The Federal Aviation Administration Reauthorization Act of 2016, passed by the United States Senate on April 19, 2016, and previously reported on in this publication, contains another provision that merits comment. Section 2506, “Airspace Management Advisory Committee” was introduced by Senators McCain and Flake of Arizona, purportedly to provide a communication channel between the Federal Aviation Administration (“FAA”) and the public concerning FAA programs for redesign of regional airspace over major public airports.
Less than a month ago, it seemed clear that privatization was the wave of the future for the United States Air Traffic Control System (“ATC System”). On February 19, 2016, the United States House of Representatives Transportation and Infrastructure Committee approved the Aviation Innovation, Reform and Reauthorization Act (“H.R. 4441” or “FAA Reauthorization Act”), the centerpiece of which was the establishment of an independent, nonprofit, private corporation to modernize the U.S. ATC System and provide ongoing ATC services. The benefits of such “privatization” were seen to include less expense, less backlog in the implementation of air traffic control revisions, in essence, greater efficiency in the development, implementation, and long-term operation of the ATC System. Central questions still remain, however, concerning the synergy of a private corporation’s management of the ATC System with the overarching statutory regime by which it is currently governed.
On November 7, 2014, the Federal Aviation Administration (“FAA”) published its “Final Policy Amendment” (“Amendment”) to its “Policy and Procedures Concerning the Use of Airport Revenue,” first published 15 years ago in the Federal Register at 64 Fed.Reg. 7696, February 16, 1999 (“Revenue Use Policy”). The Amendment formally adopts FAA’s interpretation of the Federal requirements for use of revenue derived from taxes including sales taxes on aviation fuel imposed by both airport sponsors and governmental agencies, local and State, that are non-airport operators.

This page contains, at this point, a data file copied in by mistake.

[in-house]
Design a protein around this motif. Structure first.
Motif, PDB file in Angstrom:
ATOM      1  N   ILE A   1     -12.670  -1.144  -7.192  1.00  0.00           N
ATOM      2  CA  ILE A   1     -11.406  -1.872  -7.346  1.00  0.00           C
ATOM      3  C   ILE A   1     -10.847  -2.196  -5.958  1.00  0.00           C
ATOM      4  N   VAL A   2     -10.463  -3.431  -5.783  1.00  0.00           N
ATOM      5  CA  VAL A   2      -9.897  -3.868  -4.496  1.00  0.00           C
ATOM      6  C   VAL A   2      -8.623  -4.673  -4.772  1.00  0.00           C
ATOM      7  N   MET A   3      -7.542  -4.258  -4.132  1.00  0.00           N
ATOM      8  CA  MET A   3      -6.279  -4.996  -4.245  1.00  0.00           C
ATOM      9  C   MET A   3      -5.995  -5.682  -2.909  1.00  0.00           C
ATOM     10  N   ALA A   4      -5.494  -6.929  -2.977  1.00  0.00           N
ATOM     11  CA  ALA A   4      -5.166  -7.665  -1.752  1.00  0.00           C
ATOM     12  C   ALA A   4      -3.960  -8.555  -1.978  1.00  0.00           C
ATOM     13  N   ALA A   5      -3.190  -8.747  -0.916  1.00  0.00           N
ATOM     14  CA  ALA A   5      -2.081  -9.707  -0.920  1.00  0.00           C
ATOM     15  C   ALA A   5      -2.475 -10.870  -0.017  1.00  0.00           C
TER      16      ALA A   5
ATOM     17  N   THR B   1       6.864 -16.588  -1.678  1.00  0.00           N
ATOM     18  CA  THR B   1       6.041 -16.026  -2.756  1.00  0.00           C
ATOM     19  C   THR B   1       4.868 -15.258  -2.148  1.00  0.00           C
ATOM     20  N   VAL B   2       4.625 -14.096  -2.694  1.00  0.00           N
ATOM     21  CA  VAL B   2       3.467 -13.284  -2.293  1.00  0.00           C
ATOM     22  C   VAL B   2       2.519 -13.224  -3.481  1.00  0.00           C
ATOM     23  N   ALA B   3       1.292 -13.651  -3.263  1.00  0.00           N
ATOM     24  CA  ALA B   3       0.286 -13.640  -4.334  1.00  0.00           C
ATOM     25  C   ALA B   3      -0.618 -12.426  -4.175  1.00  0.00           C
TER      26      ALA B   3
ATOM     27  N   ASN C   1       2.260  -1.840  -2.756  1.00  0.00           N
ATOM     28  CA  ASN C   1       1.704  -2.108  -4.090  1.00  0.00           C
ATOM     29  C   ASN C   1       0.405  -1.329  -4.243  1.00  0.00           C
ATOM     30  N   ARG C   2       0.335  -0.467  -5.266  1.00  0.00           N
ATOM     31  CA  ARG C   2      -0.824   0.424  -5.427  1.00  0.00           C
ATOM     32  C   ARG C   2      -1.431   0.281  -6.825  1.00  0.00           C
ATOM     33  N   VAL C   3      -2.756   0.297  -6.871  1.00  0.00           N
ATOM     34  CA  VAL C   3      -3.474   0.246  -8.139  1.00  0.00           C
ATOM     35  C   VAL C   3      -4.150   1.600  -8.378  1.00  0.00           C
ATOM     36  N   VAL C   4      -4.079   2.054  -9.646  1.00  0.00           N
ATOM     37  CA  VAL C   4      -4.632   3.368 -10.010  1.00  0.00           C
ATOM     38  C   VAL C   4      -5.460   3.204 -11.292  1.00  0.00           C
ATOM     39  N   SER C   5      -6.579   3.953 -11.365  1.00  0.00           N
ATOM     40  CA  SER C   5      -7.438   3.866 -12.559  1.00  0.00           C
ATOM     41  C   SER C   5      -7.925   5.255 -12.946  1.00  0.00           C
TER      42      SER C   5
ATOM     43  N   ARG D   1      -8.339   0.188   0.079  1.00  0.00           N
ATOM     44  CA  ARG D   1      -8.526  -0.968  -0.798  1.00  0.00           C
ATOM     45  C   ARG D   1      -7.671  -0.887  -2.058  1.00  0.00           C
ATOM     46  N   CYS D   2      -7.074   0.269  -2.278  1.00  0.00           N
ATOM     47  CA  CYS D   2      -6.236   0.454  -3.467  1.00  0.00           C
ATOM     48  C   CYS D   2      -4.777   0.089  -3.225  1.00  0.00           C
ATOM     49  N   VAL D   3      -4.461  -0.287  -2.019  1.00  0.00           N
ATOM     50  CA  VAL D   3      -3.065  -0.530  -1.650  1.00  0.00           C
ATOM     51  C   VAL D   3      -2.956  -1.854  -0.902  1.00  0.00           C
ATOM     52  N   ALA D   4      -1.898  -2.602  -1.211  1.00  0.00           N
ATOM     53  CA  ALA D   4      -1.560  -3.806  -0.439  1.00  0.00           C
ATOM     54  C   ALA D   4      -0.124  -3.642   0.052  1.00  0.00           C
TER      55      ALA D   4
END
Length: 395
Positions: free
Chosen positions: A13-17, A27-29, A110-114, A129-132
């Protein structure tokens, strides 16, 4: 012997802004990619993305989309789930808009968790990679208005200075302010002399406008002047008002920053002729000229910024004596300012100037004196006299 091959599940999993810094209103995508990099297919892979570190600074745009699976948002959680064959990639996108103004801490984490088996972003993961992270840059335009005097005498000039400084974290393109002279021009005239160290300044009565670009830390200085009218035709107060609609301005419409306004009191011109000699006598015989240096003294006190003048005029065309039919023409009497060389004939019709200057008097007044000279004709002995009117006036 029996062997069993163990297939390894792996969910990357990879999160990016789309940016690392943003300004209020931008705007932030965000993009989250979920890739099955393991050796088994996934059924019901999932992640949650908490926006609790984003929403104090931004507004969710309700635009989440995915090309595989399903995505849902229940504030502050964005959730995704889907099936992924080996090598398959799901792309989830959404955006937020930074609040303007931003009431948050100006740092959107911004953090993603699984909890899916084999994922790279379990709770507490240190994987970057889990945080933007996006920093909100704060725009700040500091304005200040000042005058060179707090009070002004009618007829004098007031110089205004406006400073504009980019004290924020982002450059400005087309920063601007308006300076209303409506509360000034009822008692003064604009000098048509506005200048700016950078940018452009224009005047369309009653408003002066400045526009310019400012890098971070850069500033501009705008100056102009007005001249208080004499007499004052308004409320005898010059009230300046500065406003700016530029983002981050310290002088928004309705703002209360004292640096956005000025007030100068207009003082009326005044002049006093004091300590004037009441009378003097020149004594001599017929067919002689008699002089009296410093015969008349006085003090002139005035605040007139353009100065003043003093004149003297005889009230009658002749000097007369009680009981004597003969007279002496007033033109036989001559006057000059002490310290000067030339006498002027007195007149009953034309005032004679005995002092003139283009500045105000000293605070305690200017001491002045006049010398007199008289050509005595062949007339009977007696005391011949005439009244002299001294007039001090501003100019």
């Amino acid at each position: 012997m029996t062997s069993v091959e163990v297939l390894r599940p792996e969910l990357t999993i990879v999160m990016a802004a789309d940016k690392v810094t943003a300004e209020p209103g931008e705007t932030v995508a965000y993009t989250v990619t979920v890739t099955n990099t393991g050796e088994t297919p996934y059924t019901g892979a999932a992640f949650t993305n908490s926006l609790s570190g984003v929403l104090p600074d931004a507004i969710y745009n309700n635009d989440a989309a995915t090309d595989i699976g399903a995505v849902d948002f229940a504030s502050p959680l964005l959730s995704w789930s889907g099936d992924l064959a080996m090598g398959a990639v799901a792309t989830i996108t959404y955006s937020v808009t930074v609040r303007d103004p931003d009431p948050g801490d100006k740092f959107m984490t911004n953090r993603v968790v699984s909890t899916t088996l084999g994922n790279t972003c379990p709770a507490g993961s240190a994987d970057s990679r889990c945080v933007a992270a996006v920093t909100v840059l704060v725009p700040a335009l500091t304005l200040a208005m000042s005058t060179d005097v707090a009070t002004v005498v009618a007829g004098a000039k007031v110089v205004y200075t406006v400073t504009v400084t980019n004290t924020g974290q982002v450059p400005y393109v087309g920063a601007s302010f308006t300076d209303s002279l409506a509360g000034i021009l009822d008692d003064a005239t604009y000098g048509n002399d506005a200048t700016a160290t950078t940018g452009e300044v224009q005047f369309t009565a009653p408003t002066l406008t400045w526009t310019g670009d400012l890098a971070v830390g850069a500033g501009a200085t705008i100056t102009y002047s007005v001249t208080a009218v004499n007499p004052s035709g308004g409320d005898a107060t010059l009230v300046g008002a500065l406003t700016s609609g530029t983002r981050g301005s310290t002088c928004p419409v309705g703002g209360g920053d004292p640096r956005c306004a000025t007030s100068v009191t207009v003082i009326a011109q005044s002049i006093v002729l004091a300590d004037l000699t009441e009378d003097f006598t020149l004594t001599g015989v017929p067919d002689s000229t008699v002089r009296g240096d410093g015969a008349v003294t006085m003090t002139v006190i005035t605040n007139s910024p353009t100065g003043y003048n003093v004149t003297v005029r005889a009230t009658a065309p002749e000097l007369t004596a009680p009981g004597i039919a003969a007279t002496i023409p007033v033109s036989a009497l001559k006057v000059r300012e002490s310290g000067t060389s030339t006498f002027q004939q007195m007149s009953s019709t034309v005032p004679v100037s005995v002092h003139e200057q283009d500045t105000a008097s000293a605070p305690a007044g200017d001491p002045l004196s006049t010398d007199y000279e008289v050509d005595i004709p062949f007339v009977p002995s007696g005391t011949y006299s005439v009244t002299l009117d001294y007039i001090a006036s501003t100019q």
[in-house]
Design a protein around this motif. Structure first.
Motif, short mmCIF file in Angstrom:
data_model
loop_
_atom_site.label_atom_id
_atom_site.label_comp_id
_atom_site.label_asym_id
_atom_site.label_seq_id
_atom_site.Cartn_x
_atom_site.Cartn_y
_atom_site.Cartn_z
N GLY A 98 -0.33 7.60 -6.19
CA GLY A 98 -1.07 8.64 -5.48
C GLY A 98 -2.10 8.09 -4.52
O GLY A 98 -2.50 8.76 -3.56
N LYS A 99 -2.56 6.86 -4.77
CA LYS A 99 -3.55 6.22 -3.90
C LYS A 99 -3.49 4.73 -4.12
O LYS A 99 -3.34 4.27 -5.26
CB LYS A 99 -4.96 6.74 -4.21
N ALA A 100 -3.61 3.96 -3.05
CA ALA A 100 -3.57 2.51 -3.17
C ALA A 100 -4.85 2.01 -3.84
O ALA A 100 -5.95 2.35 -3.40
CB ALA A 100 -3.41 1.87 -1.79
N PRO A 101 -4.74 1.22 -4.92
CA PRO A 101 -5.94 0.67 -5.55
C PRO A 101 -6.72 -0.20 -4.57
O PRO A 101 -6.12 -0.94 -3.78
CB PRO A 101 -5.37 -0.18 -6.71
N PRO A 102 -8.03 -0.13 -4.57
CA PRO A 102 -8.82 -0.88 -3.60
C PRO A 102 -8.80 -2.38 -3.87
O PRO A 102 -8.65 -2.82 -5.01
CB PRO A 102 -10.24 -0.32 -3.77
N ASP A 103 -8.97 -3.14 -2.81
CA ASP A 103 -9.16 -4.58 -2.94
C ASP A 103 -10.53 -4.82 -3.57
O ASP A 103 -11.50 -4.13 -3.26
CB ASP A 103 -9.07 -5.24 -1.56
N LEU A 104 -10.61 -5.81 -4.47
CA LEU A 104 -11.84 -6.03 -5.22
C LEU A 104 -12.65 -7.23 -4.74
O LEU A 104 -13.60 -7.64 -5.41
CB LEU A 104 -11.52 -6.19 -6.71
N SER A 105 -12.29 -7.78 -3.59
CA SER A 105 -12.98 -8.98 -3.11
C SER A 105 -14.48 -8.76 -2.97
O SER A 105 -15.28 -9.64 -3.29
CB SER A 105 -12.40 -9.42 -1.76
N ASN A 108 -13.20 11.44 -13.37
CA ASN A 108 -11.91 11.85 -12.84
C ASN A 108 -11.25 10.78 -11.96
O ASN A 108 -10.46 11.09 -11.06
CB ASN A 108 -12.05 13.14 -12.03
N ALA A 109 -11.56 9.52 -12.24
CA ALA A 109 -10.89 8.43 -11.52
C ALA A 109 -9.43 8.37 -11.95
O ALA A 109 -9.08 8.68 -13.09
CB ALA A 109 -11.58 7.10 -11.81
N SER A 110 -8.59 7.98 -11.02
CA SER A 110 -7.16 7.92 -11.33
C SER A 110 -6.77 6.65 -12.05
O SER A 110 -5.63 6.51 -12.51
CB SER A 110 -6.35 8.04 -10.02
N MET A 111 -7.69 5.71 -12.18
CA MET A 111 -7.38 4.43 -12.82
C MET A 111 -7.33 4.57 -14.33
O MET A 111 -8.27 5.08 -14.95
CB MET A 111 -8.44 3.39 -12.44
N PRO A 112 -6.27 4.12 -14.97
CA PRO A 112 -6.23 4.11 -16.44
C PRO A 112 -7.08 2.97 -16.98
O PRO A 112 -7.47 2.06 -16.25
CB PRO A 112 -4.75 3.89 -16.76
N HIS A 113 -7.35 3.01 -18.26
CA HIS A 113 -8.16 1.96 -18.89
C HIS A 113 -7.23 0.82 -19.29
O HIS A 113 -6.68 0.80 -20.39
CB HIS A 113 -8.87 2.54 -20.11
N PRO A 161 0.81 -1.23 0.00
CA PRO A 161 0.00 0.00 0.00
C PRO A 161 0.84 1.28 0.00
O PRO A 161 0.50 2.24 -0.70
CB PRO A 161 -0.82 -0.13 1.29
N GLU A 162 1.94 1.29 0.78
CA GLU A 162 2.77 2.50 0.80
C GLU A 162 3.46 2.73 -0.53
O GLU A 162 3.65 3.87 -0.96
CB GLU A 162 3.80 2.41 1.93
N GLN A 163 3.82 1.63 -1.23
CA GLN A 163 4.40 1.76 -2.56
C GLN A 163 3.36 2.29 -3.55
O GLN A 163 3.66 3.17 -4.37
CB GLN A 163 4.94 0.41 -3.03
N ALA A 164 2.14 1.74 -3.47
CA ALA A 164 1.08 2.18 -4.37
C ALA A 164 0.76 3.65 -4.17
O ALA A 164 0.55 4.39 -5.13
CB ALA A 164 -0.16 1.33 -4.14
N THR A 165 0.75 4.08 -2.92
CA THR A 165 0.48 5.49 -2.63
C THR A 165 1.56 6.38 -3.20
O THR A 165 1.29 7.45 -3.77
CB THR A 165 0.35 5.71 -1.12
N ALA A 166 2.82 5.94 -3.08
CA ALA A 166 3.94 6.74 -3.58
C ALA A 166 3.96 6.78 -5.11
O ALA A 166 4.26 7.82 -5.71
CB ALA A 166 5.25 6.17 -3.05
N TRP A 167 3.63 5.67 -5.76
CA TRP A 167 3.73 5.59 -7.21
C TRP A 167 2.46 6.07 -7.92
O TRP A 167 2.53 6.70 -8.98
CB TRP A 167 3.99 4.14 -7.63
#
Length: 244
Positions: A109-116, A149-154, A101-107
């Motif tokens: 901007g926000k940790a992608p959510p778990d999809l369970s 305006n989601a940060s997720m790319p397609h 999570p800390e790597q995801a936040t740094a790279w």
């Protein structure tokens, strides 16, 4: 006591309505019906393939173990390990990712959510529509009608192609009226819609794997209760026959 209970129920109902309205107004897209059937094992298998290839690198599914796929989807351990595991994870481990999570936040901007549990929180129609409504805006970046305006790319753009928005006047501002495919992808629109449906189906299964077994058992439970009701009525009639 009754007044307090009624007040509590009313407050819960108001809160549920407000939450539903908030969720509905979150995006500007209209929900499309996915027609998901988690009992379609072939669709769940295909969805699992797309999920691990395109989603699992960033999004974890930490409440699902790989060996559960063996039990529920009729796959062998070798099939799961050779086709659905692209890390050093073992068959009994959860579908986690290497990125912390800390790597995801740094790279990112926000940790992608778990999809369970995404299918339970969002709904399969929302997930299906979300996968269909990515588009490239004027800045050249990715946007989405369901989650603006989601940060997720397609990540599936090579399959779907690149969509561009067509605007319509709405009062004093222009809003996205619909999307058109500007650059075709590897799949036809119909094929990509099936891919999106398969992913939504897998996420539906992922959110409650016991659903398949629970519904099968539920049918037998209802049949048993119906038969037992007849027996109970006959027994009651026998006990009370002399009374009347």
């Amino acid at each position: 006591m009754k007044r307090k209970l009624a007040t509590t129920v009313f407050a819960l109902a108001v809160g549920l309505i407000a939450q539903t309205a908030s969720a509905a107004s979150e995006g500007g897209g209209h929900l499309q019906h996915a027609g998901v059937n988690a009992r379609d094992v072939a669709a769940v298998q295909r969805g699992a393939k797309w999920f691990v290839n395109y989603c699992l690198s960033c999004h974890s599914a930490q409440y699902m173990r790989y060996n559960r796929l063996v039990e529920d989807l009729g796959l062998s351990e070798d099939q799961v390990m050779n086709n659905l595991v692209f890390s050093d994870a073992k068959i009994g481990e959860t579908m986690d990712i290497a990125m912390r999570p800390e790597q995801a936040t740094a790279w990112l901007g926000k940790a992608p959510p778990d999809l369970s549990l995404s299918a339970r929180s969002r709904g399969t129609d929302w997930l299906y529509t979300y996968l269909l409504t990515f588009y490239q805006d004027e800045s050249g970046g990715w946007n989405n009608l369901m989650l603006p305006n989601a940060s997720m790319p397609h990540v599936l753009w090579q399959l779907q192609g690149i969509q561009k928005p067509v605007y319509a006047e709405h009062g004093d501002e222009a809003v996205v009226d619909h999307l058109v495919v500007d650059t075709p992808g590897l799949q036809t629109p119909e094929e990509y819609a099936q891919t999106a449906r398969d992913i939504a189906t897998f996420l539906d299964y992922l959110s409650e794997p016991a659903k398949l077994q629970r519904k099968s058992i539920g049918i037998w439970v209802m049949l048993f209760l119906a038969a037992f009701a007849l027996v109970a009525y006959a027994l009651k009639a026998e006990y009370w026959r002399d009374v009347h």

On August 19, 2014, the Federal Aviation Administration (“FAA”) published a proposed rule regarding “Implementation of Legislative Categorical Exclusion for Environmental Review of Performance Based Navigation Procedures,” 79 Fed.Reg. 49141 (“CATEX Rule”) to implement the Congressional mandate contained in the FAA Modernization and Reform Act of 2012, Pub.L. 112-95 (“FRMA”), § 213, directing FAA “to issue and file a categorical exclusion for any navigation performance or other performance based navigation (PBN) procedure that would result in measureable reductions in fuel consumption, carbon dioxide emissions, and noise on a per flight basis as compared to aircraft operations that follow existing instrument flight rule procedures in the same airspace.” 79 Fed.Reg. 41941.
On March 6, 2014, the Environmental Protection Agency (“EPA”) announced the 60-day extension of the comment period for the January 8, 2014 proposed “Standards of Performance for Greenhouse Gas Emissions From New Stationary Sources: Electric Utility Generating Units” and the February 26, 2014 notice of data availability soliciting comments on the provisions in the Energy Policy Act of 2005.